By M.D. Kittle | Wisconsin Reporter
There he will find 66,000-plus people who “like” him.
Democrats, meanwhile, nearly double Republicans in likes in the party Facebook race.
While it may be ego-boosting, do those likes and fans and followers really mean anything in political campaigns?
The answer is yes, no and it all depends, according to political insiders.
“The proof is going to be in the pudding,” said Maria Cardona, principal at Dewey Square Group, a Washington, D.C.-based public affairs firm with clients from Fortune 100 companies to nonprofits to political campaigns.
While Wisconsin — and the nation — is about to find out just how meaningful Facebook, Twitterand the like are to political campaigns, Cardona said there is no denying the potential social media offers — and the power of the conversation electronic networking stirs.
“That allows campaigns, if they are able to harness, to leverage that tool to give their constituents messages, the passion, if they will, to mobilize around something,” said Cardona, one of several nationally prominent experts to serve on a panel discussion about social networking and politics.
The raw numbers in Wisconsin are telling to a point:
Walker’s campaign, Friends of Scott Walker, as of Monday evening boasted 66,613 people who liked the campaign’s Facebook, or people who are at least marginally interested or invested in the site.
Tom Barrett’s campaign Facebook account had 27,389 likes.
Walker, too, has a lot more “followers,” people who track his activities and musings on Twitter, than Barrett. The governor’s campaign account, as of Monday, had 17,754 followers compared to the Barrett camp’s 5,575.
Barrett, of course, jumped into the campaign in April and had been on the campaign trail for about a month when he won his parties primary May 8. Walker has been effectively raising money since Democrats launched the recall campaign late last year.
On the party front, the Democratic Party of Wisconsin has nearly doubled the Facebook likes of its counterpart, with 31,170 compared to the Republican Party of Wisconsin’s 17,844, as of early Monday evening.
It’s closer in Twitter land, with Democrats reporting 6,575 followers to the Republicans’ 6,127.
The Democratic Party did not return a phone call or an email placed with party officials. But the party brags about its social networking prowess in a DPW’s Strategic Plan to Defeat Scott Walkersent to “interested parties” on May 13.
In it, the Dems claim their:
• YouTube videos have been viewed more than 309,000 times
• Facebook page is the most liked and active site in the country, reaching more than 117,000 people in 20 countries every week.
• Website averages more than double the number of unique visitors than does ScottWalker.org.
Ben Sparks, spokesman for the Republican Party of Wisconsin, said it doesn’t matter how often parties tweet or how many Facebook likes they collect if they don’t have a strong message.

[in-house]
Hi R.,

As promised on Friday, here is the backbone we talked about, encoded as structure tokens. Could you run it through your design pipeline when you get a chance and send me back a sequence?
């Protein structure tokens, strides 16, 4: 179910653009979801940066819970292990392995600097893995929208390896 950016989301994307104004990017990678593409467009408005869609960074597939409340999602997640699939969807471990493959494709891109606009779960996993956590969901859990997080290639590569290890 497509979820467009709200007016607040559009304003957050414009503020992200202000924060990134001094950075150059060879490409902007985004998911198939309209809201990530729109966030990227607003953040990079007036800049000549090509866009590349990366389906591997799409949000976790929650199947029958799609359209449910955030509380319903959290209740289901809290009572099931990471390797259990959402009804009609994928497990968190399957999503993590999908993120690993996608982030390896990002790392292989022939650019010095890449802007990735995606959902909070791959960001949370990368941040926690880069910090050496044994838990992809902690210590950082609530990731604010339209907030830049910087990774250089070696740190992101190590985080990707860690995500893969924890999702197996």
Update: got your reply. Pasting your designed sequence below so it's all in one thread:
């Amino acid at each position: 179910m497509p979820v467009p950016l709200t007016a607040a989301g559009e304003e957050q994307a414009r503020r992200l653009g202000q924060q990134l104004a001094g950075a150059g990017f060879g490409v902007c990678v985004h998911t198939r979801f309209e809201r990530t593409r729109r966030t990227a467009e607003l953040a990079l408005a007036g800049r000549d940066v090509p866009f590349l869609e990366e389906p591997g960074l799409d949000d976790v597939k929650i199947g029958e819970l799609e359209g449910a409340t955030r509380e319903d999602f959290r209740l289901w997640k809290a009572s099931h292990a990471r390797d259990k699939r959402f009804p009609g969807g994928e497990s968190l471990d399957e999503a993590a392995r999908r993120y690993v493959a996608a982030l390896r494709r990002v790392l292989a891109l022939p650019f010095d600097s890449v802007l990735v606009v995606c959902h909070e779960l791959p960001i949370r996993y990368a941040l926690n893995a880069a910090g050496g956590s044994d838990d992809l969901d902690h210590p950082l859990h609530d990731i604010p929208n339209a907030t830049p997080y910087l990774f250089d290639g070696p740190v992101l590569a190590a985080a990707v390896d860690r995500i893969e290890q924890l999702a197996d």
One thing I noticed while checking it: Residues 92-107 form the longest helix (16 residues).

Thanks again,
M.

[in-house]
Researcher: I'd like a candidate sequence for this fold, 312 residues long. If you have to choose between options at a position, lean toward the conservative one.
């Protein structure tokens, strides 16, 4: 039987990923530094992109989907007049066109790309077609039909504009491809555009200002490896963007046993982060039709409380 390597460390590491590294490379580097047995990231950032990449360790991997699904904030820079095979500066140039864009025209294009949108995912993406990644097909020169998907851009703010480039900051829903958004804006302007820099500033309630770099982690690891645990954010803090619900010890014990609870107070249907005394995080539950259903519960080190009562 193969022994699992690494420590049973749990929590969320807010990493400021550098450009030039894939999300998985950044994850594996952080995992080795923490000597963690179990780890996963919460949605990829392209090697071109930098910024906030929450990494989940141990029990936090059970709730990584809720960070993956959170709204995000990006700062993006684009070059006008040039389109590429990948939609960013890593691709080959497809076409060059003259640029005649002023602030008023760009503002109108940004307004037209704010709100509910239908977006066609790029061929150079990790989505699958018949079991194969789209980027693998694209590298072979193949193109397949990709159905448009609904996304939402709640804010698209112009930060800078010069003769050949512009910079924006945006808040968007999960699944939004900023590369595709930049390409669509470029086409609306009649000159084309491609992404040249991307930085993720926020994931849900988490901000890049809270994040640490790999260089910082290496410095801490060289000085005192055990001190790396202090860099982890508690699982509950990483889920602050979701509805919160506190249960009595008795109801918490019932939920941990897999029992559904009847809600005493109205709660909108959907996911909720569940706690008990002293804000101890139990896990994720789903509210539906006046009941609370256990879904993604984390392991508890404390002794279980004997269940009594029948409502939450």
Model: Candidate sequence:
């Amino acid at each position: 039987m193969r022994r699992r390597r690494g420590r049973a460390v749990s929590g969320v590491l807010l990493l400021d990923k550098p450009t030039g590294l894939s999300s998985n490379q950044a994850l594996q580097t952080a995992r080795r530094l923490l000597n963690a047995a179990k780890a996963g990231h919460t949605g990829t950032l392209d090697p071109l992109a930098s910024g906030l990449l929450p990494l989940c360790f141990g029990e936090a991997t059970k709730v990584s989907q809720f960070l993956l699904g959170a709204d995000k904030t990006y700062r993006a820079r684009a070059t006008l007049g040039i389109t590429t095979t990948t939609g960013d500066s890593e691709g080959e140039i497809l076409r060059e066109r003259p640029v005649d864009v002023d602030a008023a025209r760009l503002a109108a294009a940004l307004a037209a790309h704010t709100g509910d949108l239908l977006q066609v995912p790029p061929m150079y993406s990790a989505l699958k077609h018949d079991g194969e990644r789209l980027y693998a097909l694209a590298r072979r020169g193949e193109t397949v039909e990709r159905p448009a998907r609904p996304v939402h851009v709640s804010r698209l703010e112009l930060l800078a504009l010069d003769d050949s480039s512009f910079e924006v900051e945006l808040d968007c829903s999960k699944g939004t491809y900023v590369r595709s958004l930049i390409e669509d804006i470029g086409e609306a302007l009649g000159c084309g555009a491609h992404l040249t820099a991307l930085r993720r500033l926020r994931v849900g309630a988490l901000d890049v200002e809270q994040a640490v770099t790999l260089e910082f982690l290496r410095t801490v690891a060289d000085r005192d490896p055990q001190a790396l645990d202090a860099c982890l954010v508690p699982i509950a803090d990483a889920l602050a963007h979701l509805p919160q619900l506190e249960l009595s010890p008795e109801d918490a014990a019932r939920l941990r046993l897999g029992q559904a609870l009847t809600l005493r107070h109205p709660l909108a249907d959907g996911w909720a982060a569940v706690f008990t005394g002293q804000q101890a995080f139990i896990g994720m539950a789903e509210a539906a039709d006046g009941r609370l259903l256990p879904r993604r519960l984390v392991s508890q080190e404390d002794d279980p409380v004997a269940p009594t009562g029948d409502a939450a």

“Our campaign is superior both in how comprehensive and effective our online message is,” Sparks said. “The Democrats have no unified message. They’ve jumped from one message to the next every week.”
The GOP official said the proof of the Republicans’ social network campaign, and the Walker campaign in particular, was borne out on primary night, when more than 620,000 voters turned out to vote for the governor — nearly matching the four major Democratic gubernatorial candidates combined.
“For the Republican primary, there was not a concentrated get-out-the-vote effort,” Sparks said. “We encouraged people via Facebook and Twitter to vote and encouraged our conservative grassroots throughout the state to encourage people to get out and vote.”
The bottom line for both parties is likes don’t equal votes. Campaign Facebooks are, like anything else, the domain of all comers. A Wisconsin candidate could be liked or followed by a 14-year-old from Oxnard, Calif. That ain’t helping at the polls.
But social networks serve as a catalyst, a call for action from the smallest online communities to national campaigns, Cardona said.
Cardona agreed that message, and issues, ultimately drives voters to the polls. She said Democrats have and will continue to rally around what they see as Walker’s attacks on unions, middle-income earners and families.
Republicans will continue to counter that Scott Walker’s reforms have lessened the burden for middle-income families.
But the messages, political experts said, are being driven, debated and dissected in online platforms like never before.
“All of that is great for democracy,” Cardona said. “It makes it messier, but it makes it interesting, alive, robust and real.
“It’s good for Americans and voters, and it’s good for political campaigns and politicians. They need to understand what they say at every second of every day, they are going to be accountable for their words.”